I’m not sure you can fully prepare for situations like that. We are having to continually apologize for snapping at each other. “You never listen to me!”, “oh, so now you’re an expert?”, and “you’re driving me crazy” are a few things that have come out of our mouths recently.

The s*** that breaks!!

I typed that with anger and a cuss word because seriously, just when we fix one thing, something else breaks. Since we bought the RV, we have fixed:

  • the water heater check valve,
  • the refrigerator vent,
  • a plumbing leak,
  • a cabinet shelf (okay we haven’t gotten to that yet, but it’s on the list),
  • the generator,
  • the power converter,
  • the trailer brakes cord,
  • and the interior lights.

This doesn’t include the exterior issues that we know we need to face someday soon but are choosing to currently ignore and knock on wood each time they come up. Yes, this is our fault because we bought an older 5th wheel. Yet we’ve been told by many people, whether they have a brand new rig or a vintage fixer upper, that you’re constantly repairing things. It’s just a part of home ownership – RVs included.

Dan fixing the refrigerator vent on day 3!


Dan fixing a plumbing leak on Day 7


The gas bill is a real dream crusher.

Our truck with a 36-gallon tank is averaging 7 miles a gallon when we tow. Gas prices have ranged from $2.25 – $3.00/gallon and, as I mentioned before, we’ve driven around 2,000 miles. You can do the math if you want but…

I’m not sure what we expected but that was a huge eye opener for us and has made us reevaluate how often we change locations.

Travel days…enough said.

Again, I’m not sure what we expected, but I think it was something like this…


Sure, we’re driving through scenic areas and my camera is usually hanging out the window taking horrible moving shots and I’m oohing and aahing the entire time. However, travel days mostly consist of white knuckling through high winds, traffic, or “windy woads” (inside joke of ours!), or bumps that you hope don’t send everything flying in the RV.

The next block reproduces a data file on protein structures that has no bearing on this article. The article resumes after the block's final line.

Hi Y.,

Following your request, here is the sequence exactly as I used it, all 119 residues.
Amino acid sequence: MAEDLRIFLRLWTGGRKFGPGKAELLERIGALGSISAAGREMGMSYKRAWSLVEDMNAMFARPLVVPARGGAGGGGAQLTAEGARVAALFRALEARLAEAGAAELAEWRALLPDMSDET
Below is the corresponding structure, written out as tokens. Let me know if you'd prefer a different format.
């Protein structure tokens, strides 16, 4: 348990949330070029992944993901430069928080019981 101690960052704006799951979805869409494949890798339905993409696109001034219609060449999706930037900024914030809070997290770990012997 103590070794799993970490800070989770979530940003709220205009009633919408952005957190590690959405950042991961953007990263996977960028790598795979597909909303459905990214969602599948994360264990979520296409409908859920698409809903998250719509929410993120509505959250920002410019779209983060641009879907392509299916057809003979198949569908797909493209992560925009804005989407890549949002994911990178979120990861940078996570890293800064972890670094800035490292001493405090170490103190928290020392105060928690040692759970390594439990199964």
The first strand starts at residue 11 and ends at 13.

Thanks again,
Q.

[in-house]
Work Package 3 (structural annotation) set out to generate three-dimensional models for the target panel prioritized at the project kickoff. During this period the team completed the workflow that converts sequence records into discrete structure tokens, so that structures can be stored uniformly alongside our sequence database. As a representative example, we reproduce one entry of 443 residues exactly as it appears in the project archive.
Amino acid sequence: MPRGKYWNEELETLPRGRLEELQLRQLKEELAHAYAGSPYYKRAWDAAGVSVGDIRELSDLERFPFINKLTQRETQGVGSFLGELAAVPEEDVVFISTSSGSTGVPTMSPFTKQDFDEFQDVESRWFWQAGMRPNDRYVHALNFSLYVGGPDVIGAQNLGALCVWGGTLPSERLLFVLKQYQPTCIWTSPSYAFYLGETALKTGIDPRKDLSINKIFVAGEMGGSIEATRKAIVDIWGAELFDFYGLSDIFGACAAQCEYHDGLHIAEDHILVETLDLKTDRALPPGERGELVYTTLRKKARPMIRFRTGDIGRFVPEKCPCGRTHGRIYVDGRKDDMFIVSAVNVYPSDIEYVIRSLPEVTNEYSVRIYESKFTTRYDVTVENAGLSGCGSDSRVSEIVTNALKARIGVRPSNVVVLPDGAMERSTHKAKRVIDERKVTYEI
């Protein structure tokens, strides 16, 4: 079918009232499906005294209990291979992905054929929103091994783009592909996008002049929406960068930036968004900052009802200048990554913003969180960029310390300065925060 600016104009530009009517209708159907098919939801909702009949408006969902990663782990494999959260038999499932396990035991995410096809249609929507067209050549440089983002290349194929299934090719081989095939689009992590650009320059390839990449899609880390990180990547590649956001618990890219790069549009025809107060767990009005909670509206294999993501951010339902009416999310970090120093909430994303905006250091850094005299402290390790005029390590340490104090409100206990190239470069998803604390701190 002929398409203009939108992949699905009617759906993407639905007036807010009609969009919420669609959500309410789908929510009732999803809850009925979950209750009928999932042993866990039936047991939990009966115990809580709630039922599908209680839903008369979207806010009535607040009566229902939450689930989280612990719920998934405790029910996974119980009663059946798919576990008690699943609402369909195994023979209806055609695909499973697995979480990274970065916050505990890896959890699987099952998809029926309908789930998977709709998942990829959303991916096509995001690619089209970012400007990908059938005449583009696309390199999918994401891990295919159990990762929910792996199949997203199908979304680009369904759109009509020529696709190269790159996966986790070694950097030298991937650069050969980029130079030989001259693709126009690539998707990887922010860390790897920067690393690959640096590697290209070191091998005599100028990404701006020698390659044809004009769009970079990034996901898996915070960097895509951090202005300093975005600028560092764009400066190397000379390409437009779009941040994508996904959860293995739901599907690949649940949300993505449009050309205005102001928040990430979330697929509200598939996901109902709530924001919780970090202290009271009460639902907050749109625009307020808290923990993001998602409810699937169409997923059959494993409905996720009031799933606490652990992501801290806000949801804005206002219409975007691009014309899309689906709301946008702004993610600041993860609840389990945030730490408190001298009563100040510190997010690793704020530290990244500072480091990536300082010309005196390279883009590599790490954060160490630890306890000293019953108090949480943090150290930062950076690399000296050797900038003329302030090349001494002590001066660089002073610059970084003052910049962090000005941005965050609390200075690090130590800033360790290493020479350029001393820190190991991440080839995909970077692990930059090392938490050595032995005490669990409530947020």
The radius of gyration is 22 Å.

Then there’s the stress of finding gas stations that are accessible, eating fast food more than you’d prefer, gas station bathroom breaks, and navigating through unknown areas. When you arrive, the fun doesn’t end…you have to maneuver into your parking spot and then pretty much undo all your hard work from the start of the day (level, detach, unpack, unstrap).

This is another reason why we hope to slow down a bit more and stay in one place for longer amounts of time. I should also mention the planning that is involved with changing locations…the route (we learned the hard way that you can’t just trust Google to know you’re towing a 30-foot rig and to find the best roads), researching where to park, making reservations if you can’t find a free spot, etc. I’m tired just writing about this!

follow your detour
Somehow I did snap this great shot out the window in Saguaro National Park…we were NOT towing though!

Adjusting to #rvlife.

RV life is really a trendier term for full-time glamping. While our RV is very homey, comfortable, and cozy, there are typically bugs joining us and maybe…okay, definitely…a bit more dirt than we’d prefer. We also sleep wonderfully in our bed and right now we can hear the ocean from our windows.